Mrs. George Lewis, Jr. lived on in the house after her husband’s death. The two houses were the scenes of social entertainments and debutante receptions. In 1905, when The Times announced a debutante entertainment here, it noted that “The Lewis houses are among the few private residences remaining in a section of Fifth Avenue between Thirty-fourth and Forty-second Streets, where a few years ago there were hardly any shops.”
Two years later the two residential hold-outs would be threatened. On June 23, 1907 The Times mentioned “With Mr. and Mrs. Edmund Baylies leaving their Thirty-sixth Street residence, there will gradually be abandoned to business a once most popular fashionable neighborhood. On Thirty-seventh Street there is building a tall business structure. The recent death of Mrs. Lewis may put in the market the old Morgan residence at the corner of Thirty-seventh Street and Fifth Avenue, once the home of the late Gov. Morgan.”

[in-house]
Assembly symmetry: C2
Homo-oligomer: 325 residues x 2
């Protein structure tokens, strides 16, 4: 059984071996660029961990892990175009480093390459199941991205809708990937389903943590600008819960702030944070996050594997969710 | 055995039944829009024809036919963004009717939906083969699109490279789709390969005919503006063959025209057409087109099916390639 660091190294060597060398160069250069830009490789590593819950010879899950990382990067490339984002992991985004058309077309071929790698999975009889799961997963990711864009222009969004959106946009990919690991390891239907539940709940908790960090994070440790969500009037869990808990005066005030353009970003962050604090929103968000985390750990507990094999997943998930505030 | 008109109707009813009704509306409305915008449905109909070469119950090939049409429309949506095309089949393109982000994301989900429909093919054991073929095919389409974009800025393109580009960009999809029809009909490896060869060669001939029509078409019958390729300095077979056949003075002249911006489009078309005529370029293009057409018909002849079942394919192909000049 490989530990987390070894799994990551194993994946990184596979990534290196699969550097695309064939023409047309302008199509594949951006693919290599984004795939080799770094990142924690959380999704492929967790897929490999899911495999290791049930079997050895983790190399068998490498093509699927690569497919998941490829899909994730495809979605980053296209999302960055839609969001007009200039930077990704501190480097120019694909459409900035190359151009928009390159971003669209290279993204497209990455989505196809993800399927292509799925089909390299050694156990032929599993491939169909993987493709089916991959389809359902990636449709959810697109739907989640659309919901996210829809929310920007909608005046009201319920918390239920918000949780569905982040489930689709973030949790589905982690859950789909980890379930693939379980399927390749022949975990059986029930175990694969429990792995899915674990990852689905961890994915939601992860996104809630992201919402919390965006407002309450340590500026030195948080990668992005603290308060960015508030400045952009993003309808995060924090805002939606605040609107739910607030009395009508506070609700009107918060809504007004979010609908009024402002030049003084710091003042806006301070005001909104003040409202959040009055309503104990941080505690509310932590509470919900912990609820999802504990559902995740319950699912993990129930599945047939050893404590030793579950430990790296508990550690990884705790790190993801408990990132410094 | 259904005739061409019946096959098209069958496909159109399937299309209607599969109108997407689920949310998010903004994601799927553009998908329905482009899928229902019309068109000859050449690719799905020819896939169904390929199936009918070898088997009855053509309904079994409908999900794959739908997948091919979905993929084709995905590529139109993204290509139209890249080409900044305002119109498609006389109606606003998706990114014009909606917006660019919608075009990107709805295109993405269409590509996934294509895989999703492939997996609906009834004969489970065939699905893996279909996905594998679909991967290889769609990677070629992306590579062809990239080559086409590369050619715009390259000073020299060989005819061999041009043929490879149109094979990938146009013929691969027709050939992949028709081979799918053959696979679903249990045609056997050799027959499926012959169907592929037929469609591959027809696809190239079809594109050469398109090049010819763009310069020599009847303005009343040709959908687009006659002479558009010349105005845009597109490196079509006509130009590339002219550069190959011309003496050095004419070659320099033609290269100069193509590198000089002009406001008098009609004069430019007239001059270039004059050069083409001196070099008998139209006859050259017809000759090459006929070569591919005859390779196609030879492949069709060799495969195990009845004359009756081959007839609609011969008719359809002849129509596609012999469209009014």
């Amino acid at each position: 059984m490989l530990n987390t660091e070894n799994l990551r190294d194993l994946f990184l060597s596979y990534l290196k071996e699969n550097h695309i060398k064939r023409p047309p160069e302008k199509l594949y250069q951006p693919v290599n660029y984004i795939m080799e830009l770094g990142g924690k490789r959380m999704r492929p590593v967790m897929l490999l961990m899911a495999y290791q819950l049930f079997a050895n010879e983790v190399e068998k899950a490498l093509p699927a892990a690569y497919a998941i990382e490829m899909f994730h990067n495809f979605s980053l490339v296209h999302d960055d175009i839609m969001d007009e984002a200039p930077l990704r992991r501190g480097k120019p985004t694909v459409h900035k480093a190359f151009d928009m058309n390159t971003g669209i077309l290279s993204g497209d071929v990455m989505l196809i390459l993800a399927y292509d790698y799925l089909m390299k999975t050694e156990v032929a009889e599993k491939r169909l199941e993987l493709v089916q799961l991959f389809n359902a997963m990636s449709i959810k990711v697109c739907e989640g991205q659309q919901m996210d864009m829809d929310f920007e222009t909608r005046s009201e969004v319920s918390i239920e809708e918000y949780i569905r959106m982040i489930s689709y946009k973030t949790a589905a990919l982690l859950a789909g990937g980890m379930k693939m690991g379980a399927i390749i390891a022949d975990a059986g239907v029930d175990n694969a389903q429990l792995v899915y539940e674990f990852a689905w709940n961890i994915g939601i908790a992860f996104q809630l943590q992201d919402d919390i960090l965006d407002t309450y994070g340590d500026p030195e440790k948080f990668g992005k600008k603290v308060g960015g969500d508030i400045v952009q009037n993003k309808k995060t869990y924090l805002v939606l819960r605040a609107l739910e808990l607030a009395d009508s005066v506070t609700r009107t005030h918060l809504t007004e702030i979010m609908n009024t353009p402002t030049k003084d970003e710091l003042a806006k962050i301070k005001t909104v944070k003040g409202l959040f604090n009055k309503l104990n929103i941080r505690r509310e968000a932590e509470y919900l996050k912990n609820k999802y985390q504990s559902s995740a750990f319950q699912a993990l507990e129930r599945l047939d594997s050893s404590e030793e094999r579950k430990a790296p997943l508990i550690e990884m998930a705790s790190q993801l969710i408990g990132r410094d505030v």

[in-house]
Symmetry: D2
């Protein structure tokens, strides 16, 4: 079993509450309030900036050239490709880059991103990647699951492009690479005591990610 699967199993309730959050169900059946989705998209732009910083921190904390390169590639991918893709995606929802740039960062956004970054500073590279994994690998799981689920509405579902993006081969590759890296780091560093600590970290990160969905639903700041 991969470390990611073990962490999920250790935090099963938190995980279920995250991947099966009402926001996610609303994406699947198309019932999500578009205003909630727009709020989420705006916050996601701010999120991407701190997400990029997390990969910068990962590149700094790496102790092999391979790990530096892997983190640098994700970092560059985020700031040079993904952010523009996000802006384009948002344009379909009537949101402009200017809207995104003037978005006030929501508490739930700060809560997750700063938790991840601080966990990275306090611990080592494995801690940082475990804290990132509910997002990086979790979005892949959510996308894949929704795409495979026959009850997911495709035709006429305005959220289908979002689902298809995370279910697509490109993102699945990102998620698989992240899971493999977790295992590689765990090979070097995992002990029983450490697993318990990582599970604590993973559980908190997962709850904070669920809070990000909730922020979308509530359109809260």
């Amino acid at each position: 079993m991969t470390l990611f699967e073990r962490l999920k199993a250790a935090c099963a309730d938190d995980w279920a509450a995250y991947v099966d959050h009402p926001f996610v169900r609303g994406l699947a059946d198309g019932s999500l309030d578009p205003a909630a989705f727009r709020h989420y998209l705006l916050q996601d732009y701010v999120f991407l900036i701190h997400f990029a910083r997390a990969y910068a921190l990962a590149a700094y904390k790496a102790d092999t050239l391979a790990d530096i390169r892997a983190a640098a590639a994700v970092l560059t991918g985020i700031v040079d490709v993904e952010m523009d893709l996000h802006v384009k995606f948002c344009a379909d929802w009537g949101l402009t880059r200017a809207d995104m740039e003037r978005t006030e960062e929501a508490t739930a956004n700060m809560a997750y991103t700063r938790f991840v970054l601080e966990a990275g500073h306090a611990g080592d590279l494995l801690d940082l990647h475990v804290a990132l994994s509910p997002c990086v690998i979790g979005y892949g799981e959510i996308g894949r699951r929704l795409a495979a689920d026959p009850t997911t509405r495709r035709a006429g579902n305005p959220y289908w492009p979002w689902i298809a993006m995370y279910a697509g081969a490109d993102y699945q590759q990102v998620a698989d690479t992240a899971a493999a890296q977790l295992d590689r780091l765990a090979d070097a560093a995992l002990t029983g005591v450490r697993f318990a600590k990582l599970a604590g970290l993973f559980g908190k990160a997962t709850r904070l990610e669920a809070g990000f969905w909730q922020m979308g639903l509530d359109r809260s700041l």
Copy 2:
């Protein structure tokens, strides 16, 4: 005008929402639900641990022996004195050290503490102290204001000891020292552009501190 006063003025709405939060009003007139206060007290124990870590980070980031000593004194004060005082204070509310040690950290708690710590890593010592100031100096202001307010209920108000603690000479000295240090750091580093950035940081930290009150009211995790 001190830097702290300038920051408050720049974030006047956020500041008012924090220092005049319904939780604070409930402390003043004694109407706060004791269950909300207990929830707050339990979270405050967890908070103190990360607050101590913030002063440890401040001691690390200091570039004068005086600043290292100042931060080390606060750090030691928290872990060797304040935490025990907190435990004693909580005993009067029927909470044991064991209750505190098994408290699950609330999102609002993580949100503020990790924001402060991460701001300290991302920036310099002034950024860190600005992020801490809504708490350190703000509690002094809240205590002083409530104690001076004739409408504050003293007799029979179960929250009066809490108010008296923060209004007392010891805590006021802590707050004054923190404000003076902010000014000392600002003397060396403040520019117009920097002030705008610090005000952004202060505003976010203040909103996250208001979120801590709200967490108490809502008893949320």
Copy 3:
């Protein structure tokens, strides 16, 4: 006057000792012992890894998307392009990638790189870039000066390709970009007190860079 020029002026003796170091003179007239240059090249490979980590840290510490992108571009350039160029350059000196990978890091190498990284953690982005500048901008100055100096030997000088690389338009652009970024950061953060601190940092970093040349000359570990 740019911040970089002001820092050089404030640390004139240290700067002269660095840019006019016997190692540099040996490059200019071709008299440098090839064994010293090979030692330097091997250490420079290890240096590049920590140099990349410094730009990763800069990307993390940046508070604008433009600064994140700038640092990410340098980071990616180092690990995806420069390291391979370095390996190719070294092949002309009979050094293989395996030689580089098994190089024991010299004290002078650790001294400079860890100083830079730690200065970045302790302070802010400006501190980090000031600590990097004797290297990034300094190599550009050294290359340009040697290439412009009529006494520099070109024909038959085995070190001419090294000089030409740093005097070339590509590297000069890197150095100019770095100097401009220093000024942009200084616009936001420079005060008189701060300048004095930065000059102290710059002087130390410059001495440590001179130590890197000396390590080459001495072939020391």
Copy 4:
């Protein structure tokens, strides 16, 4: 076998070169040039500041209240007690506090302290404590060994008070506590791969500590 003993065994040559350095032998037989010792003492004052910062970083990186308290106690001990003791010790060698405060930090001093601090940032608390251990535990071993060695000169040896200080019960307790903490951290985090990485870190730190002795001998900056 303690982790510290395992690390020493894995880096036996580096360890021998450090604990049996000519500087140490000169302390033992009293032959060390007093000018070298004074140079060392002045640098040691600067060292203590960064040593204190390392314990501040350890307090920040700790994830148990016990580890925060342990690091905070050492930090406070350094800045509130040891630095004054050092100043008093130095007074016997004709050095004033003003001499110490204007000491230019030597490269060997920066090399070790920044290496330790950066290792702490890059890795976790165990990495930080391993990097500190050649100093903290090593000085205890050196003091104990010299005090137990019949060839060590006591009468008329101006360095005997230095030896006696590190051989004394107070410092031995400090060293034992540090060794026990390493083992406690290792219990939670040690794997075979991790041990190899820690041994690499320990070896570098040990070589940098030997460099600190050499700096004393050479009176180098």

|In 1908 commercial structures were rising around the old Morgan houses. To the far right a portion of the white marble Tiffany & Co. building can be seen -- from the collection of the New York Public Library|
The two Morgan houses would survive another three years. Then on March 3, 1910 The Times reported on the inevitable. “The rapid transformation of Fifth Avenue from a residential to a business thoroughfare has recently made necessary the demolition of the fine brownstone house at the northeast corner of Fifth Avenue and Thirty-seventh Street, formerly owned and occupied by Edwin D. Morgan, war Governor of New York during the four years’ conflict which resulted in the abolition of slavery in the Union.” The article added that “In addition to this house, the adjoining one at No 413 is also being torn down.”
It would be another four years before the mansions were replaced by an architecturally-unique business building. With the loss of the truly historic Morgan mansion, the last remnant of the once-elegant neighborhood was erased.
|photo by Alice Lum|